Top 5 Culinary Plants to Grow

We all have our routines - some stringent and some more relaxed - and although we don’t consider ourselves routine people, when we wander down to our local cafe each morning, to get our regular coffee and sit out our regular seat and have the same regular conversation with the regular barista…well, we realise that some of our habits go unnoticed. A routine helps set our day on the pattern of familiarity, where we won’t be shocked or surprised. It will be the same as yesterday - comfortable. 

The routine can extend into the veggie patch too and dictates what plants we grow each year. In the same way, this spring will be much the same as the last. We have our proven tomatoes, salads that we’re comfortable with, and a few other bits and pieces that do the seasonal merri-go-round.

But if you find yourself restless, considering what to do differently this year in the garden, here are five plants that you may not have considered. Maybe because they seem too difficult, or not suited to our climate, or maybe because not enough people have been talking about them so they’re off your radar. So here are 5 varieties that will hopefully light a fire under your gardening routine.

1. Tomatillo: a lot of us have probably never seen a tomatillo plant grow, yet alone eat a fruit, but if you’re looking to lift your Mexican cooking game, this is the plant you need to become more familiar with. Tomatillos are used as the base of a legitimate salsa verde - replacing the tomato from whose family it belongs to - because of their tartness and high pectin content, they are perfectly suited to making sauces. Eaten raw or cooked, the tomatillo is also known as the 'husk tomato' as the fruit is enclosed in a lantern like casing. Growing tomatillos is a far easier exercise than its more common relative. Much hardier and less nutrient needy, they will appreciate a warm space in a free draining soil. Because the flowers are not self-fertile, they need a pollinating partner to produce fruit. Two plants together will make an abundance of salsa verde. 

2. Ginger (turmeric and galangal too): a hardy, warm blooded rhizome, ginger is perfectly suited for growing in a large pot that helps to alleviate trips to the supermarket or using that shrunken, limp nob-let left in the bottom of your fruit bowl. Mostly grown for its underground root zone, the leaves are also edible and a suitable substitute when the plant is not quite ready. Because of ginger’s love of hot, humid conditions, try your best to replicate those during the summer if you are living in a cooler, more temperate climate. This is why we recommend growing it in a pot, so it that be moved to avoid frost. Make sure to source good quality, organic stock for planting, and give it a long growing run throughout the entirety of the warm season. Once the cooler weather returns and plants begin to yellow, upturn your pot and reap your harvest. Save part of the rhizome for planting next season, making sure to store in a cool, dry place.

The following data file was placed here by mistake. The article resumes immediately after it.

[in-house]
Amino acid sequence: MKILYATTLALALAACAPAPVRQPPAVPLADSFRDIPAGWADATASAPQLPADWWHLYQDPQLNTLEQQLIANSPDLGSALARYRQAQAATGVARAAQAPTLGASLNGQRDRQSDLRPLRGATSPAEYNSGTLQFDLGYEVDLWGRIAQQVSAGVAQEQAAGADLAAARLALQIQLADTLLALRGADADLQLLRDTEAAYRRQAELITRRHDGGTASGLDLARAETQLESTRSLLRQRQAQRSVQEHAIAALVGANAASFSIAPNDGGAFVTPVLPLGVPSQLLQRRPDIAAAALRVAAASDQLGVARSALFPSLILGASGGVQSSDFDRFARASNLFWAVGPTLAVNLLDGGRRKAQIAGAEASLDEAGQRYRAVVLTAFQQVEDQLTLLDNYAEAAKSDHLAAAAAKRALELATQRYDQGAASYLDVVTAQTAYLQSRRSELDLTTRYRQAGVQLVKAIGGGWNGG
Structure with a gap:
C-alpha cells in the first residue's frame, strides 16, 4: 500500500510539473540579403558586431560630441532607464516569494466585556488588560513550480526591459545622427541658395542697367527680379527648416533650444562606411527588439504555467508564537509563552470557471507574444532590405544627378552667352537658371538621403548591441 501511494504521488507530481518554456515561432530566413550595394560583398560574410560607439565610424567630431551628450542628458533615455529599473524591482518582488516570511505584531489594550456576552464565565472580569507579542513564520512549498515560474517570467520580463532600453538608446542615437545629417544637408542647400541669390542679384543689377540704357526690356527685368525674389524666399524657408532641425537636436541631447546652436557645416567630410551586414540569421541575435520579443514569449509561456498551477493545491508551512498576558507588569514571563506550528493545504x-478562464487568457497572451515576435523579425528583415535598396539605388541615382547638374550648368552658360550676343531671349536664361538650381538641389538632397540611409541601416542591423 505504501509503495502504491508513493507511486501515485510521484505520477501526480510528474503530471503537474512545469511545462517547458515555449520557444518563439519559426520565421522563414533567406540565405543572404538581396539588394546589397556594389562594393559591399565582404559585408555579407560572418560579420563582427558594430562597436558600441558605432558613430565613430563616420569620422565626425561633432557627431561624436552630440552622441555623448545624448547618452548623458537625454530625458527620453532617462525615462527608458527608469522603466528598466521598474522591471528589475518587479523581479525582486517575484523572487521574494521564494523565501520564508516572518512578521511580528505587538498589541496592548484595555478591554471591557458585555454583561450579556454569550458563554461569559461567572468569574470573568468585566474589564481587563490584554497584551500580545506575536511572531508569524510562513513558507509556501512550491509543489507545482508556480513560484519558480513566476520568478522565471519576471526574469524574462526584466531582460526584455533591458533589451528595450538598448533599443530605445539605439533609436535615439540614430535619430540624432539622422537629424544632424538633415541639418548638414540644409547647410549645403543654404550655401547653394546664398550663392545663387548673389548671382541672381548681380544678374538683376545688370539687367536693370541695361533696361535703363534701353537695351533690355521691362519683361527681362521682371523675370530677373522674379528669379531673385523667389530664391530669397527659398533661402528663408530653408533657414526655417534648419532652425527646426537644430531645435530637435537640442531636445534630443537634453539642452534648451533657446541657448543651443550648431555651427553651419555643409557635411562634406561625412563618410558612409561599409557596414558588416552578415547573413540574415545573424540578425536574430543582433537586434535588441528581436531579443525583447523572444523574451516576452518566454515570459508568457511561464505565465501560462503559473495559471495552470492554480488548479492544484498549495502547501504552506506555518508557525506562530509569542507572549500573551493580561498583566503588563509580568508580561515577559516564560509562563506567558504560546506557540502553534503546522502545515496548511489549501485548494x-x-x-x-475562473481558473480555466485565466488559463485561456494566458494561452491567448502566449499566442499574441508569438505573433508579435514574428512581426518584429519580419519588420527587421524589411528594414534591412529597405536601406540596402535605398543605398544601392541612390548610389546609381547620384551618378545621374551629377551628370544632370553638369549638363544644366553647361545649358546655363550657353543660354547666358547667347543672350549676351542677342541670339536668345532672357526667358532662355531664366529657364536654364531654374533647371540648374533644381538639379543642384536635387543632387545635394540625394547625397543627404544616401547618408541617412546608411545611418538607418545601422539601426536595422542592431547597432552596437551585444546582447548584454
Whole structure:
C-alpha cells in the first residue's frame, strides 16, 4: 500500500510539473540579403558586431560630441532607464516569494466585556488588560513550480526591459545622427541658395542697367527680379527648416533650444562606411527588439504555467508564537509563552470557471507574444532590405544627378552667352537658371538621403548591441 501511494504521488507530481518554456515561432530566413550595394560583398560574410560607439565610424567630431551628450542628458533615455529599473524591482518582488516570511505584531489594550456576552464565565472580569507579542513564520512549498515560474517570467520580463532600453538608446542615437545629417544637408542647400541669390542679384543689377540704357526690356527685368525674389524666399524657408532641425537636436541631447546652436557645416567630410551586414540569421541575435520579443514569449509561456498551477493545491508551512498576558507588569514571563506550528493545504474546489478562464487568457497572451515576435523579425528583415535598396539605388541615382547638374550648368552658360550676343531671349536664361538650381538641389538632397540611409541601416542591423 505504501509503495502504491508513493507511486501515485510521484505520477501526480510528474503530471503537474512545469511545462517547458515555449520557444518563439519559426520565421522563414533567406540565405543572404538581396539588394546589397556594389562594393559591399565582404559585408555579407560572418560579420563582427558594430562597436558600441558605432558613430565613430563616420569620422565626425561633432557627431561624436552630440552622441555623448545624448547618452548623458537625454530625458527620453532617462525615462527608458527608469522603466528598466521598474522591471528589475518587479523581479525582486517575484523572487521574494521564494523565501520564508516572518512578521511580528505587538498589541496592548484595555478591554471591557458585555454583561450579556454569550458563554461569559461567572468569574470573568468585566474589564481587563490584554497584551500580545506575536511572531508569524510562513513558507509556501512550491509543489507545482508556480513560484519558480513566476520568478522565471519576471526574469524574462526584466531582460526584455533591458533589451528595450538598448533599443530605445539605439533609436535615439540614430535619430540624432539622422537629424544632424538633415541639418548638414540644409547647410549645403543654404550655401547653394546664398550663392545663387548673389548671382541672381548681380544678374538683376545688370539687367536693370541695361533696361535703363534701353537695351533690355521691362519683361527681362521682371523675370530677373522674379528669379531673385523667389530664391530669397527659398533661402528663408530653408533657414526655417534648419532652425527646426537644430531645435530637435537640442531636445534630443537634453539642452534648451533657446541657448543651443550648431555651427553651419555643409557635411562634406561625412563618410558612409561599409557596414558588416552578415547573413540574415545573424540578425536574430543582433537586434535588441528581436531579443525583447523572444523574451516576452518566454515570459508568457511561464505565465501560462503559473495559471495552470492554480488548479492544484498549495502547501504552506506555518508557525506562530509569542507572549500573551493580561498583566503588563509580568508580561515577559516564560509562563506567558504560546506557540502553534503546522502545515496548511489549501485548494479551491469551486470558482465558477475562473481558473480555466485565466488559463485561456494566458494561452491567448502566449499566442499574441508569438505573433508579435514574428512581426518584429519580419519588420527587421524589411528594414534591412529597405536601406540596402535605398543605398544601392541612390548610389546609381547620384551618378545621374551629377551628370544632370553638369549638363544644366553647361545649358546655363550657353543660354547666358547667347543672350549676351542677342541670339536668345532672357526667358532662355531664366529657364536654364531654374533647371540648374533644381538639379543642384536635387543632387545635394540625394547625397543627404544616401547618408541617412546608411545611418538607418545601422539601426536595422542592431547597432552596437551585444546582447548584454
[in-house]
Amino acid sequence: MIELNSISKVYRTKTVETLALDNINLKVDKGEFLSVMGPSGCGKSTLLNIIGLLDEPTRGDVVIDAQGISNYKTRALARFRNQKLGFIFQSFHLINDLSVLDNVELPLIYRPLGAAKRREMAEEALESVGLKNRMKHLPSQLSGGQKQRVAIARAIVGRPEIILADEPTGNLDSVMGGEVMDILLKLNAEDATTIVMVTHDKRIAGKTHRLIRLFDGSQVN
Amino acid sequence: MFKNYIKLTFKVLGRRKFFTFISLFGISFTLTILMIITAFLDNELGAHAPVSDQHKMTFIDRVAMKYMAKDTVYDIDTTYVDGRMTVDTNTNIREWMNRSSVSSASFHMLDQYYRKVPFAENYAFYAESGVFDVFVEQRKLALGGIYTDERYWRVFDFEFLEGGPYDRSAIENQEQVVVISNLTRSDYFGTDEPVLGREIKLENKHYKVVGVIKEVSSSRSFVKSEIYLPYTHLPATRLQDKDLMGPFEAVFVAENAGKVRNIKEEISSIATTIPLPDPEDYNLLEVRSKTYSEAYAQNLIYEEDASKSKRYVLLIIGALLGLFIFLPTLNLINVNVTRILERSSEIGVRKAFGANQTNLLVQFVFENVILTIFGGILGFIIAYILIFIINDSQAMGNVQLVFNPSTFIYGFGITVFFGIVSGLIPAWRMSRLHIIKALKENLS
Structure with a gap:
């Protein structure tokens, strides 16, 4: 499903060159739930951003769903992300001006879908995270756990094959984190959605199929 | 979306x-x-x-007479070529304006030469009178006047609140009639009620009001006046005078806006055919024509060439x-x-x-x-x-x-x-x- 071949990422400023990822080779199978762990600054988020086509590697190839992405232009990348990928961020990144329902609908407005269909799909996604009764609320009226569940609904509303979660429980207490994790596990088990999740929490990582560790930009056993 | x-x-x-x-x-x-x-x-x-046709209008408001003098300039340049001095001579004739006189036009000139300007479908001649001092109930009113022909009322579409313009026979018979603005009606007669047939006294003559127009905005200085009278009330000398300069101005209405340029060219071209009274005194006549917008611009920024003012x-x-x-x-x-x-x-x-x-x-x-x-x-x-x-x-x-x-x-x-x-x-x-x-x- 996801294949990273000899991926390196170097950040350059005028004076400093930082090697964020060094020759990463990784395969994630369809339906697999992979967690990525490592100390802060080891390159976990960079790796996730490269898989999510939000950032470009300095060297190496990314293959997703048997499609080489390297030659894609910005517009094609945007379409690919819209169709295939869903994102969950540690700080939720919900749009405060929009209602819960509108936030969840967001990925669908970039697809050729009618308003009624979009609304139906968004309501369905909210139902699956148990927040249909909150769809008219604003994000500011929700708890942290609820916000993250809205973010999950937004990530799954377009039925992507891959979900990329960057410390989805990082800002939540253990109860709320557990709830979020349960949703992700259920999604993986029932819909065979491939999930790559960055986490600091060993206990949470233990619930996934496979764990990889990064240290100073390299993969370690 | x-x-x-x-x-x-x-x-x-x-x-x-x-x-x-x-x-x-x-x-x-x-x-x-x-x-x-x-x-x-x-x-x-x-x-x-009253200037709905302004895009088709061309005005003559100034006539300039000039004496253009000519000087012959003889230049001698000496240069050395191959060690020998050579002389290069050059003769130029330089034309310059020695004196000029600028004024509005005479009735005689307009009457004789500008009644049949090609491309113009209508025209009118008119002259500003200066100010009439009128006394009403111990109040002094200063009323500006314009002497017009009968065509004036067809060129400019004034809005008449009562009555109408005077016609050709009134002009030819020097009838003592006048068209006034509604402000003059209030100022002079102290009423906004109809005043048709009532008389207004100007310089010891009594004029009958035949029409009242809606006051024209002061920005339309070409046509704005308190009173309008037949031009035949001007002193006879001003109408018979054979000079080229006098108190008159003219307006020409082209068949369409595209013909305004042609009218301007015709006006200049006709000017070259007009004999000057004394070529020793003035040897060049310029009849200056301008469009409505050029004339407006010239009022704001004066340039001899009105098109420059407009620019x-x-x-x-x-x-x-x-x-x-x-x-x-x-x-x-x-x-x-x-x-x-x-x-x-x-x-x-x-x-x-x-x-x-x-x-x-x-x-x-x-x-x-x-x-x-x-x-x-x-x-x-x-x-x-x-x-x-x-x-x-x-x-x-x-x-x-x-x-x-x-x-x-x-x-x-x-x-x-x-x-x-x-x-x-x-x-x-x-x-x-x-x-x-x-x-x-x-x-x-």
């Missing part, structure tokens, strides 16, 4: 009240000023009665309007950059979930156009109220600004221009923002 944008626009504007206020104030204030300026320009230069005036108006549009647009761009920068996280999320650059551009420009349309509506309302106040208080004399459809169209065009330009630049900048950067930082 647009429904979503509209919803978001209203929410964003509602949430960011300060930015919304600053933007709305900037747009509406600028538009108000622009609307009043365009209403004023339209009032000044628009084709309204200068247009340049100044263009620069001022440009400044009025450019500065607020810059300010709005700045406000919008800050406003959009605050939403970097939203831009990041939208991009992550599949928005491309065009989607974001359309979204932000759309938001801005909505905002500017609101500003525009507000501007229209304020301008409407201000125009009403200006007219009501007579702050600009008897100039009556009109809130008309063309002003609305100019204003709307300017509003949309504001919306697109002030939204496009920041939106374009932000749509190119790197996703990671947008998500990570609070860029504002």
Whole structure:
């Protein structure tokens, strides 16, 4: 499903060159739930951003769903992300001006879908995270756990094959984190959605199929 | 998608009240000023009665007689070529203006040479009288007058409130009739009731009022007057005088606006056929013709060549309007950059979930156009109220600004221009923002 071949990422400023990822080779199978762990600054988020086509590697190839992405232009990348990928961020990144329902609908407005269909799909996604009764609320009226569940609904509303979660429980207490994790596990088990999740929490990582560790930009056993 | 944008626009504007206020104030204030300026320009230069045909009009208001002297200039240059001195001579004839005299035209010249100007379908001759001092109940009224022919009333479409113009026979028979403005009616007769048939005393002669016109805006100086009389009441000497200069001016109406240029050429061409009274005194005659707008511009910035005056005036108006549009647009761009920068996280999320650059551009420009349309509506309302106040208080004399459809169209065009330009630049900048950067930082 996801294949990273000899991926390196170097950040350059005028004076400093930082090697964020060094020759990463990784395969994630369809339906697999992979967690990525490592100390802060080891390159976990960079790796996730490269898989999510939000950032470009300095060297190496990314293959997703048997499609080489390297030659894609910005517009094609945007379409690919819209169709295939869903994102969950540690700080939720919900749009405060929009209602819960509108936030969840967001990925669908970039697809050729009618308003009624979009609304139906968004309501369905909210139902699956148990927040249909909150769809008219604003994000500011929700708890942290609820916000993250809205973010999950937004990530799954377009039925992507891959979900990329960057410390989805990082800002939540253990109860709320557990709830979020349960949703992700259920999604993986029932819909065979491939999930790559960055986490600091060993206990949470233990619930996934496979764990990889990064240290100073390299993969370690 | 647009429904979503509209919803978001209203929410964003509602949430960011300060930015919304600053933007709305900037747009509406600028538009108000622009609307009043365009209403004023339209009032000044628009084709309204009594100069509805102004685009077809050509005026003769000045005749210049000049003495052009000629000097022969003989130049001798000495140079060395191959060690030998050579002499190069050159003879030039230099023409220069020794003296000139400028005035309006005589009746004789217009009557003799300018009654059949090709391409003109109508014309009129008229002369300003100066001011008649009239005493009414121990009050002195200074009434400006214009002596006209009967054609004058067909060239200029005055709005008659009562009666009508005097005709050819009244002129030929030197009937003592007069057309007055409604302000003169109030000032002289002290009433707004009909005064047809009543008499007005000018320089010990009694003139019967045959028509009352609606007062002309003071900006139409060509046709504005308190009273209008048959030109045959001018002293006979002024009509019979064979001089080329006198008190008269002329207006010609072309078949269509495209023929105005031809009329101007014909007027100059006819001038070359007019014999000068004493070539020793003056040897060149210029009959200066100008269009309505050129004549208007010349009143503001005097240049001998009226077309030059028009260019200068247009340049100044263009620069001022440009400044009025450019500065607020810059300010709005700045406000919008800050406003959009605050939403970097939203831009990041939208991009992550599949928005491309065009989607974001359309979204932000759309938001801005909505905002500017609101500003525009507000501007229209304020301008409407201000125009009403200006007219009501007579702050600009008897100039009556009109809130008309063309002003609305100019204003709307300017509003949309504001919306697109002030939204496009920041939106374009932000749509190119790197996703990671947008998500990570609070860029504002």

3. Micro greens: in the spectrum of easy things to grow that may seem difficult, sprouting a few seeds to a juvenile stage and then hacking them down (to sprinkle over your smashed avocado) is right at the top. Micro greens are so simple to grow and they can be done in any old small space. For the easiest results use an incubated mini greenhouse that will retain moisture and heat; this speeds up the process and lessens maintenance. Rather than using herb seeds which are incredibly slow to germinate, use faster germinating varieties such as radish, broccoli and peas.

4. Sweet potato: the sweet potato is typically seen as a tropical/sub-tropical variety, not suited to more temperate climates. Given that it's frost sensitive and likes a long run of up to 180 days in the garden, plant in early spring in temperate climates (after the last frosts) and keep in a warm space, in well drained soil. Best grown from a sprouting sweet potato, it will send a long vine running across the garden, darting underground at junctions to form new tubers. Rather than waiting to entire period until maturity you can also snack on the leaves, which are edible (unlike regular potatoes), nutritious and tasty. At the end of the season it is possible to save cuttings off the vine to reuse next spring. The easiest way to do this is by placing your cuttings into a vase of water, where they will resprout new root growth and live happily for many months out of direct sunlight. For indoor plant fanatics, sweet potato grows perfectly well inside as a decorative plant.

5. Cucamelons: also known as the Mexican Cucumber or Sour Mexican Gherkin, they have the appearance of tiny watermelons (measuring a few centimetres in length, a little less across its breadth) and taste like zesty, sour cucumbers, as though someone has squeezed lime juice across them. A vertical climber, they have small, delicate tendrils that will latch onto a simple trellis, or larger neighbouring plants. Easy to grow, they are a late spring entrant, preferring to be planted around the same time as your chillies, eggplant and capsicum, and usually outstaying them, producing well into the first winter month. Best to sow from seedling - if you can source them - otherwise propagate in a mini greenhouse and then transplant once the weather is suitably warm.

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